President Obama said Wednesday that he will nominate federal Judge Merrick Garland to serve on the Supreme Court, challenging the resolve of Republican senators opposed to an election-year confirmation by naming an experienced jurist with a strong reputation as a centrist, reports the Los Angeles Times.

In an appearance together in the White House Rose Garden, Obama praised Garland as the kind of candidate he had promised to choose: one with sterling credentials and a widely respected temperament.

Garland is known as "one of America's sharpest legal minds," Obama said, who "brings to his work a spirit of decency, modesty, integrity, even-handedness and excellence."

"These qualities and his long commitment to public service have earned him the respect and admiration from leaders from both sides of the aisle," Obama said.

Obama aides believe Garland's nomination may move Republican senators off their repeated pledge not to hold meetings with the nominee of a president who has less than a year left in his term. Some officials in the White House even believe they stand a shot of getting a confirmation hearing for Garland in the Senate.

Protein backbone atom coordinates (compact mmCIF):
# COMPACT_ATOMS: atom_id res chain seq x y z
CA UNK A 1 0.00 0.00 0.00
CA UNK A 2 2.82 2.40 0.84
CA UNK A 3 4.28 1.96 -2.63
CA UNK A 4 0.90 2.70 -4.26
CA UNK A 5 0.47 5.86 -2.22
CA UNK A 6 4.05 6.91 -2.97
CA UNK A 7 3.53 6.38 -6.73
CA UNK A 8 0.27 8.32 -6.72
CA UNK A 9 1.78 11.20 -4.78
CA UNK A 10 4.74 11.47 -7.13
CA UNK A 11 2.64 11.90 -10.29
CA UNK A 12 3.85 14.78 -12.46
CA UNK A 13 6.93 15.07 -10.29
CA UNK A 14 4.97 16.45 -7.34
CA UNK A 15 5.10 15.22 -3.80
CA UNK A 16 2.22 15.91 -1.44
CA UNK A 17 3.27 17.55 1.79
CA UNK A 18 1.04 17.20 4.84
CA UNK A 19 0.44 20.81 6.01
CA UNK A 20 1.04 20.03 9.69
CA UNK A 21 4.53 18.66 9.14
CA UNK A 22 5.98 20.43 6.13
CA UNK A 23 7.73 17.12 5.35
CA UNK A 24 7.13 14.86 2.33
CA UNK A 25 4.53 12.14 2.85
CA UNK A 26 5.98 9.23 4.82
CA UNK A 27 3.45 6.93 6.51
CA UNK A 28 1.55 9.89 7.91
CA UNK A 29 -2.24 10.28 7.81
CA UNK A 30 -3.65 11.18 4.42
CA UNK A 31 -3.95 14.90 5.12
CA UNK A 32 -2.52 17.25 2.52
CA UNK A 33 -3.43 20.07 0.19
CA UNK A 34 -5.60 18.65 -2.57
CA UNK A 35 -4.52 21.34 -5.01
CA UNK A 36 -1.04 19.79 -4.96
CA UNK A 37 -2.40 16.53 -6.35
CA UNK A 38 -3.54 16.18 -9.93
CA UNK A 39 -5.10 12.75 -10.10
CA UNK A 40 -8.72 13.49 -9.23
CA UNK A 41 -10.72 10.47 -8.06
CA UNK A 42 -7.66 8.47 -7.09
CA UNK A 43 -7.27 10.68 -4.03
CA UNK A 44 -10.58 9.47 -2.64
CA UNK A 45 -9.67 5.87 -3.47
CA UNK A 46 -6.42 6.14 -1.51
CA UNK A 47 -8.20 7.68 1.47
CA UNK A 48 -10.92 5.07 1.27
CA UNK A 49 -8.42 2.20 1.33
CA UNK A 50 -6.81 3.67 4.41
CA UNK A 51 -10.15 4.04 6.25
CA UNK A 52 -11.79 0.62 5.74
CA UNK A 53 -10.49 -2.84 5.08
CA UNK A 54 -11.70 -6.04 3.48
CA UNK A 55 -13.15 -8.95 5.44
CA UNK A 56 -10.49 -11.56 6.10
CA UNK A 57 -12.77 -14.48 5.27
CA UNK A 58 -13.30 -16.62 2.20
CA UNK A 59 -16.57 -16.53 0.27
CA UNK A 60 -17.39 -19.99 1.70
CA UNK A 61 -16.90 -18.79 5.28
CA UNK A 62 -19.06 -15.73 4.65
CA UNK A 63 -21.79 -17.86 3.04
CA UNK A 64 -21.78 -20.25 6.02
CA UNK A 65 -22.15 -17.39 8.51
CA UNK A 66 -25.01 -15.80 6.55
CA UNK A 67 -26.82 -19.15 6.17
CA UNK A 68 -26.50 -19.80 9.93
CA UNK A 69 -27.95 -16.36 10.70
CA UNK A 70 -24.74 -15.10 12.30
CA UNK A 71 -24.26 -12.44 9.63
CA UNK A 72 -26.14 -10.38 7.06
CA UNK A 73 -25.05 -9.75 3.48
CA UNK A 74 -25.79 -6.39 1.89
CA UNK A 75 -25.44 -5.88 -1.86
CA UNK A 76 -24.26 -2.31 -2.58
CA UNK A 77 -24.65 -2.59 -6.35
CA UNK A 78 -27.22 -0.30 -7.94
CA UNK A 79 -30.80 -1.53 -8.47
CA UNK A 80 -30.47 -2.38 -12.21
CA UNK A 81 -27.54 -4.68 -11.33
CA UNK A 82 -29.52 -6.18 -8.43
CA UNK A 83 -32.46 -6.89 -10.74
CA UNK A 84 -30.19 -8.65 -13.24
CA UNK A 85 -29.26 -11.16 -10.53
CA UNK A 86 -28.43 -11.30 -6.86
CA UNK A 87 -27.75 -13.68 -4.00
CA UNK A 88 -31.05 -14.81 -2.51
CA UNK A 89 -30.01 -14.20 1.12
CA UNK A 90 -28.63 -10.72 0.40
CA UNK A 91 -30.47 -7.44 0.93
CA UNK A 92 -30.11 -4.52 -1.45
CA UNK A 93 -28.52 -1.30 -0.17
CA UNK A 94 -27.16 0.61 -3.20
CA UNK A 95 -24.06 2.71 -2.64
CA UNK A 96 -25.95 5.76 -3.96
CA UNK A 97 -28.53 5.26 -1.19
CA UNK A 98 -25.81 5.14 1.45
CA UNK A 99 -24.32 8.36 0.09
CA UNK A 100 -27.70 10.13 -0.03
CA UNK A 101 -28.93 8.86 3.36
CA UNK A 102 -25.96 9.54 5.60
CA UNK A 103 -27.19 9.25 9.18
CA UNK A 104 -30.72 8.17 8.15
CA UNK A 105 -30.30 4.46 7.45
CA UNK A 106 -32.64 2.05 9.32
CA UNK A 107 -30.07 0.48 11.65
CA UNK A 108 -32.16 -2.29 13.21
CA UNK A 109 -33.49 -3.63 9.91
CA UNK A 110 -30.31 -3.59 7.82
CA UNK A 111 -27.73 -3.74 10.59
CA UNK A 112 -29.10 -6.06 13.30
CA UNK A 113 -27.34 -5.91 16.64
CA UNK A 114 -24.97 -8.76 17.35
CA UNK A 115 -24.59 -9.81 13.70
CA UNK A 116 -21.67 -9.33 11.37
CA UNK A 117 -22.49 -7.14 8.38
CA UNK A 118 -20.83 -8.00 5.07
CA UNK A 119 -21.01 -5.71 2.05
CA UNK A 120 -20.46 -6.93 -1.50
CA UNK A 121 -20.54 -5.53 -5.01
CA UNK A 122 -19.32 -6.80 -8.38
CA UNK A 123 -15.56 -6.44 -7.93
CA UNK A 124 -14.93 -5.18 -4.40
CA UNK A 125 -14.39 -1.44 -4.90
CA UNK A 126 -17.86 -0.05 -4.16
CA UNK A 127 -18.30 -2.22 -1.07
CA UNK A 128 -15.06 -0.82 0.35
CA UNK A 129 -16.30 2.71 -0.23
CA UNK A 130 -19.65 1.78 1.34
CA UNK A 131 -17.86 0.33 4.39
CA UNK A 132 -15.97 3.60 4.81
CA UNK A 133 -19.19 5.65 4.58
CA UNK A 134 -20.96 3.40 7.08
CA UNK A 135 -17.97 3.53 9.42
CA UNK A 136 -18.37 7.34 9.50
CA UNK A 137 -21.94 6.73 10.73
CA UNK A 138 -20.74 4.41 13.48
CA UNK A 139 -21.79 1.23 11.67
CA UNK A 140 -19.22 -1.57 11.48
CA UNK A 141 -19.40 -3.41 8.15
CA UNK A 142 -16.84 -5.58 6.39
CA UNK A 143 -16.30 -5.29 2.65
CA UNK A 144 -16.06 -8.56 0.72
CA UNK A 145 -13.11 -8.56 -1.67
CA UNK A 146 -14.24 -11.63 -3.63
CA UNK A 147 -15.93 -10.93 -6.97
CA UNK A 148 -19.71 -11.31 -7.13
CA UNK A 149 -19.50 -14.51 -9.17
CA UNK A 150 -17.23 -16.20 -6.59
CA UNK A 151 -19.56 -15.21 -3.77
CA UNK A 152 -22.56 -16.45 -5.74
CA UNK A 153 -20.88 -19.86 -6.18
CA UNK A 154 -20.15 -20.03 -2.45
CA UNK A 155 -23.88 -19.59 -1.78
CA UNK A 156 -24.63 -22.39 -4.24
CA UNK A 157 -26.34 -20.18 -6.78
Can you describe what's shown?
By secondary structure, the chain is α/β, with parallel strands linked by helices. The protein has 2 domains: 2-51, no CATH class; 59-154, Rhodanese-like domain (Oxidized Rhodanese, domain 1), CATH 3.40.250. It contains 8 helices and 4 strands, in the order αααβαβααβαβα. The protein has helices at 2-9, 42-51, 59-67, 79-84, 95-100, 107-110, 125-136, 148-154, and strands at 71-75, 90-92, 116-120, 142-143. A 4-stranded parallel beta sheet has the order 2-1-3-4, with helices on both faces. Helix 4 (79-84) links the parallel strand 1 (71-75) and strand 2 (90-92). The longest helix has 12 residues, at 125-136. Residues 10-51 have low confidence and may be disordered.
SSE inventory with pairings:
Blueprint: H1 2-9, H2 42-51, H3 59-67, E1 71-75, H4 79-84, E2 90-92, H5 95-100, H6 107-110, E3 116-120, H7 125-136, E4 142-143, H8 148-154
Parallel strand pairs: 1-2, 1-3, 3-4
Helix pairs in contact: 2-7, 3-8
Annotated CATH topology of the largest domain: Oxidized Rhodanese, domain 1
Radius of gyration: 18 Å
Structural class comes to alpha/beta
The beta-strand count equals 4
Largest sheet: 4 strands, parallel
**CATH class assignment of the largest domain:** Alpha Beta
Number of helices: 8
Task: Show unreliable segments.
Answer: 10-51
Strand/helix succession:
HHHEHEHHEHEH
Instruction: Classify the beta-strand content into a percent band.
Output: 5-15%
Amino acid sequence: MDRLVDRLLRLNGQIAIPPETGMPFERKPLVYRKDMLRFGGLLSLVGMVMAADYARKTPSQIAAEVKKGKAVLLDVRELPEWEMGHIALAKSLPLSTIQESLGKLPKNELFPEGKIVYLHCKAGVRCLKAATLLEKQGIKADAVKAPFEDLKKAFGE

The selection of Garland, a judicial moderate who at 63 is older than the presidents' other finalists, could be meant to signal compromise with Republicans on Obama's part. Still, Obama has the opportunity to tilt the nation's highest court to a liberal majority for the first time in a generation.

Garland, who sits on the U.S. Court of Appeals for the District of Columbia Circuit, was a leading contender for the last vacancy, in 2010. If confirmed, Garland would be the oldest justice to join the Supreme Court since Lewis Powell, who was 64 when he took his seat in 1972.